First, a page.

The mitzvah of Shemittah teaches us that Hashem rules the universe. He is the only force in the universe, not the laws of nature. By allowing his field to remain untended and unguarded, the Jew declares to the world that life is not about material bounty. When Hashem says, “Stop,” we halt our work, our production – whether it is Erev Shabbos or Shemittah. We ascribe to a Higher Power, and we believe with complete faith that Hashem will provide for our needs. During the Shemittah year, all of the produce of that year is hefker, free for all to take; we have no restrictions. Why is it necessary to have our produce become hefker? It would have been sufficient simply not to produce, allow the field to remain fallow. If something grows anyway, why should the owner not keep it?
I once heard that Shemittah teaches us selflessness. It is not all (only) about us. There are other people in the world. A community is comprised of many individuals: some the same; others different; but we are all in this together. We must learn to place another Jew’s interests – if not above our own – at least on par with our concerns. When it has to do with emotions, amenities and the various comforts of life, we are directed to act selflessly and put the feelings and needs of others before our own (unless it is a matter of life, then, chayecha kodmin, your life takes precedence).
Why do we find it so challenging to place our fellow’s interests above – or at least on par with – our own? Private ownership. When man owns a parcel of property or any material possession, he claims complete mastery over this possession. It is “his,” and no one can touch it. We do not want anyone to meddle in our businesses, our affairs, because they belong to “me.” While we are comfortable being part of a community, a settlement, a family, when it involves private ownership – stay out! The “private” is the great divide between people. This attitude ultimately leads to an exclusionary, isolationist view on life.
The flipside of private ownership is initiative and incentive for personal achievement. We develop what is our own. We do not care to develop what belongs to someone else. Why toil for someone else?
The Torah presents us with an alternative to the negative aspect of private ownership: Shemittah. For six years you may – should – work. For six years it is your initiative, your incentive, your success. The sense of acquisition and domination is very real during those six years – but do not get ahead of yourself, because the seventh year is coming. The flipside/alternative is Shemittah. We, who have previously been private owners, now surrender our ownership. As a result, we develop a greater sense of fellowship, because now we have placed our fellow’s interests above our own. The self-imposed walls of private enterprise which have separated us from the community have been demolished. Selfishness gives way to altruism and magnanimity; narrow-mindedness concedes to tolerance and impartiality. During Shemittah, all Jews were equal, No one owned; no one controlled; no one manipulated. We were as we were meant to be: one people, without dividers between us; Jewish landowners working to develop, and hopefully maintain, a balanced perspective of life. Shemittah was when the individual realized that he was part of a larger community of Jews, in which all were equal.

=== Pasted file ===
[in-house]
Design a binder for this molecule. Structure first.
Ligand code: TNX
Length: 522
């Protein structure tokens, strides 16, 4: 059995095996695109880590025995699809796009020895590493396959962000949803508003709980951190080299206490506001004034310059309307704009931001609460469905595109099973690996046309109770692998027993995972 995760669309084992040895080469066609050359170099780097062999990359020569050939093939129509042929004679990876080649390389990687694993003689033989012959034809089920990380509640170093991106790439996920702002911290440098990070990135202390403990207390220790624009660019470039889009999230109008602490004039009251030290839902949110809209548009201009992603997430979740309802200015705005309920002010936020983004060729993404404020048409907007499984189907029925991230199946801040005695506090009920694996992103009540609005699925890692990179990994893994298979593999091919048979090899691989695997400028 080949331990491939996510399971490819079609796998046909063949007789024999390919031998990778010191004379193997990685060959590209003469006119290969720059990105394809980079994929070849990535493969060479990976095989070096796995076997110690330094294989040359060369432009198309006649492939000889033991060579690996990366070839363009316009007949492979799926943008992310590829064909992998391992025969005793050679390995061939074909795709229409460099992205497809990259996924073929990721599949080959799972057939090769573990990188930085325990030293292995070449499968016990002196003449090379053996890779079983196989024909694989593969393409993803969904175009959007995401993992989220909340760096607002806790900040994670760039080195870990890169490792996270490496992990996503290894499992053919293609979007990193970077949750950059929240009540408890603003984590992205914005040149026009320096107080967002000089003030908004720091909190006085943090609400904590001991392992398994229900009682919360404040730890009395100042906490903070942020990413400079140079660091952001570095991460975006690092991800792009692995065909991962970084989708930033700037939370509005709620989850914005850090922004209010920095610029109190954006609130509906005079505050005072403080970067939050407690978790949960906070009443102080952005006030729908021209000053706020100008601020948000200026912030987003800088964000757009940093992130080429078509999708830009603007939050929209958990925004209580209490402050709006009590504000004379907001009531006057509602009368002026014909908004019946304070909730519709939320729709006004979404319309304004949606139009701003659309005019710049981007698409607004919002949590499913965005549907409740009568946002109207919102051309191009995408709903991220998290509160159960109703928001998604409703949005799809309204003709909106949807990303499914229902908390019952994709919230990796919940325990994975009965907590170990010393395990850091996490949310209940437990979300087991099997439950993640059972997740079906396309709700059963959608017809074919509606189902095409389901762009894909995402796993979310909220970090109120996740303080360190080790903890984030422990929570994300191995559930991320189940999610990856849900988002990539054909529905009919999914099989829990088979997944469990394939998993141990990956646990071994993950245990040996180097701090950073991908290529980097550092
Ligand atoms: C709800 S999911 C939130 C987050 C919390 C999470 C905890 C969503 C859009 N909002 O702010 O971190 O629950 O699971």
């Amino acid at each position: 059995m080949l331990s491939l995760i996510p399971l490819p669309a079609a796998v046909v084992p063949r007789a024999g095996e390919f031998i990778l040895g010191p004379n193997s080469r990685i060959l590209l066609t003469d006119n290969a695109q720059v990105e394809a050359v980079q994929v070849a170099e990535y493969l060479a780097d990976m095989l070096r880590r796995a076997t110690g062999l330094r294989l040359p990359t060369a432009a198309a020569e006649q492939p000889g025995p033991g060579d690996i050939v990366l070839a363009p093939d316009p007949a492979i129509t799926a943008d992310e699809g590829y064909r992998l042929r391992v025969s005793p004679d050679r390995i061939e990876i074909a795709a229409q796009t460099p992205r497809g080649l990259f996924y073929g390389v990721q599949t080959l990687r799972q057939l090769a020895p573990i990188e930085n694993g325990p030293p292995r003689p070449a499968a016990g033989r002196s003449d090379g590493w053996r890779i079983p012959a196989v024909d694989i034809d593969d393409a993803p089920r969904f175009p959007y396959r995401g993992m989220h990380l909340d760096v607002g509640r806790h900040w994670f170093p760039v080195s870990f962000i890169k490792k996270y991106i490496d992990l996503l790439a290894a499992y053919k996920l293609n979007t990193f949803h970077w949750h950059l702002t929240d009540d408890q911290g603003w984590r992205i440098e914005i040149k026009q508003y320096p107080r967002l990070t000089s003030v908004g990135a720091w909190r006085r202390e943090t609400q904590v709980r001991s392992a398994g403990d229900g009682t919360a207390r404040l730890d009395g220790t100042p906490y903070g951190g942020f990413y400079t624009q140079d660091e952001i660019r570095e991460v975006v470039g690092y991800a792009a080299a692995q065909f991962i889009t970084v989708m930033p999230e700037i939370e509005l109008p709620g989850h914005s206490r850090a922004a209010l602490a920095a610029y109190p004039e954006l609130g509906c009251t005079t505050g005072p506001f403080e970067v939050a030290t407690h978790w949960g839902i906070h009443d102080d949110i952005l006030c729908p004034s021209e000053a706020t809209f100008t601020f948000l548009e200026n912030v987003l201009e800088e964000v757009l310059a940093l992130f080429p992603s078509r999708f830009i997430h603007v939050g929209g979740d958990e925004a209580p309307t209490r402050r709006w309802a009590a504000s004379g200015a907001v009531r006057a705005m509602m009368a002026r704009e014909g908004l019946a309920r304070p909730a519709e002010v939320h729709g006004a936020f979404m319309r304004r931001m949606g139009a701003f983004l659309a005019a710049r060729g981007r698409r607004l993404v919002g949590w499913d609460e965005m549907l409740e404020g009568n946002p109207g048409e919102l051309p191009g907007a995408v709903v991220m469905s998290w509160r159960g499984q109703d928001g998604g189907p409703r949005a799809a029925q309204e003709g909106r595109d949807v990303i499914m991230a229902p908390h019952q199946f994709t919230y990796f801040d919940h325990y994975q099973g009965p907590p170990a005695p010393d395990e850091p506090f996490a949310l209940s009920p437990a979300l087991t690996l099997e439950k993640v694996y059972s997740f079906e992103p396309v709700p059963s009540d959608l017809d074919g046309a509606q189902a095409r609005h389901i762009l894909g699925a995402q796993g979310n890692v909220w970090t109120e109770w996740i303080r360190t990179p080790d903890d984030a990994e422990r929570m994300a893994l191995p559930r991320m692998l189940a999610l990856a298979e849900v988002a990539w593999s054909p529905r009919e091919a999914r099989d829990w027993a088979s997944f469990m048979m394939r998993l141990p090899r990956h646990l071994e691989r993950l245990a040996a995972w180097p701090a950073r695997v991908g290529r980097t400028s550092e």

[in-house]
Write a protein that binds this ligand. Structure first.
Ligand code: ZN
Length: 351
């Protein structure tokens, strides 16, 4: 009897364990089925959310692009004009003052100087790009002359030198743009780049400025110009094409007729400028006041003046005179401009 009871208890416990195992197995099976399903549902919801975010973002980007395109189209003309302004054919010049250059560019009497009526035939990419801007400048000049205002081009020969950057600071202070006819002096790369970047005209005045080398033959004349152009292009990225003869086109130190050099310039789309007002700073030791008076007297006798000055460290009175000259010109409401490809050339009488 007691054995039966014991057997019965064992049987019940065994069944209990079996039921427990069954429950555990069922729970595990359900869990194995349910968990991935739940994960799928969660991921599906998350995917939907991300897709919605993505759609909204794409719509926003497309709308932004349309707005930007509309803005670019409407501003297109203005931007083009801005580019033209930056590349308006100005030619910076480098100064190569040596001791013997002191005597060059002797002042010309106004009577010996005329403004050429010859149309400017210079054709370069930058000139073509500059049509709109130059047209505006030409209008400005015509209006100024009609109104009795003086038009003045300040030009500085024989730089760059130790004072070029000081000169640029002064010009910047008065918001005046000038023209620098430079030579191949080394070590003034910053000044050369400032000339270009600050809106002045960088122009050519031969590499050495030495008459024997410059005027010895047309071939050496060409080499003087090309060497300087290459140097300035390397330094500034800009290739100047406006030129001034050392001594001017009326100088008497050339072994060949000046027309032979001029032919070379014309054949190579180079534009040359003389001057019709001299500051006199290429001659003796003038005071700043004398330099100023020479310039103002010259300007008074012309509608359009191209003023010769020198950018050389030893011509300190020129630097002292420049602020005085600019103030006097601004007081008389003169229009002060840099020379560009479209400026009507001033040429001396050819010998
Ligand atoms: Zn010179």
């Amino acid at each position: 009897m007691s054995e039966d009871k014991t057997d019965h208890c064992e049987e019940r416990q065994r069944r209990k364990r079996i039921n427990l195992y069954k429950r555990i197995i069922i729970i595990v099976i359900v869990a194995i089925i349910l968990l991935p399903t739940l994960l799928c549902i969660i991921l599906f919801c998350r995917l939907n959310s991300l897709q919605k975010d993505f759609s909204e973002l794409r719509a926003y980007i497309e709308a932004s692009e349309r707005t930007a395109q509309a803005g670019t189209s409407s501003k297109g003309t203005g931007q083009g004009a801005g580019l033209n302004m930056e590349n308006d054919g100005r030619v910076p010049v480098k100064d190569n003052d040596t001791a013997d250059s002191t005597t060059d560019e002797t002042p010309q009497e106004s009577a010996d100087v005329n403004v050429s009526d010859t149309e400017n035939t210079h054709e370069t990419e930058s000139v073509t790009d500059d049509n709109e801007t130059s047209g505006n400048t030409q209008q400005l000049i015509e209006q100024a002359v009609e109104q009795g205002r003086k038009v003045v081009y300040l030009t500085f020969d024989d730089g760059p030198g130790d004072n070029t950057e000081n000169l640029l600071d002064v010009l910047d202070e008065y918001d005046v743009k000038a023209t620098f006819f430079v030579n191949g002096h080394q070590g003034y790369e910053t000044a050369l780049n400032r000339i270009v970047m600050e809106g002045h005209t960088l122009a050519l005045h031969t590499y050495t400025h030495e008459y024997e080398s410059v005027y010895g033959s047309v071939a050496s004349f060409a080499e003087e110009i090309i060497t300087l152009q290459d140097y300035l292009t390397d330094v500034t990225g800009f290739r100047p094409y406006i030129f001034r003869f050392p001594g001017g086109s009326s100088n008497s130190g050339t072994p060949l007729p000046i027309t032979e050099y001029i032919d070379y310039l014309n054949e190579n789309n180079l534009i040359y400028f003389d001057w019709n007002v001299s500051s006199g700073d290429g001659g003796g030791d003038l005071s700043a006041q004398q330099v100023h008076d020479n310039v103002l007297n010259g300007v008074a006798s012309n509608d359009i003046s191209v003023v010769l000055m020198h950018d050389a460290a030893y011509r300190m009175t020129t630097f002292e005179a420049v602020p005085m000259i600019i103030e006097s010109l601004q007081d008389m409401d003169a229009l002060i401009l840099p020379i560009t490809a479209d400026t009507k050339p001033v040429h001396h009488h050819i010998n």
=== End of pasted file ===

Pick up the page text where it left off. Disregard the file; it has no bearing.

I saw an exposition applying this idea of Shemittah inclusiveness to explain what at first glance appears as an ambiguous statement in Pirkei Avos (5:13), He who says, ‘What is mine is mine and what is yours is yours’ – this is a middah beinonis, ordinary/average; but some say this is middas Sodom.” This is extreme. Just because a person wants to keep for himself – what is mine is mine and what is yours is yours – is he similar to the people of Sodom who warranted being destroyed? Yes, he thinks only of himself – never of others. Such a person will never experience a feeling of selflessness. He will be consumed by his selfishness, to the point that if anyone attempts to break through the wall, he will respond negatively. Life is all about him, with no allowance for anyone else. Indeed, why would he be called ordinary or average, unless he represents the contemporary human psyche.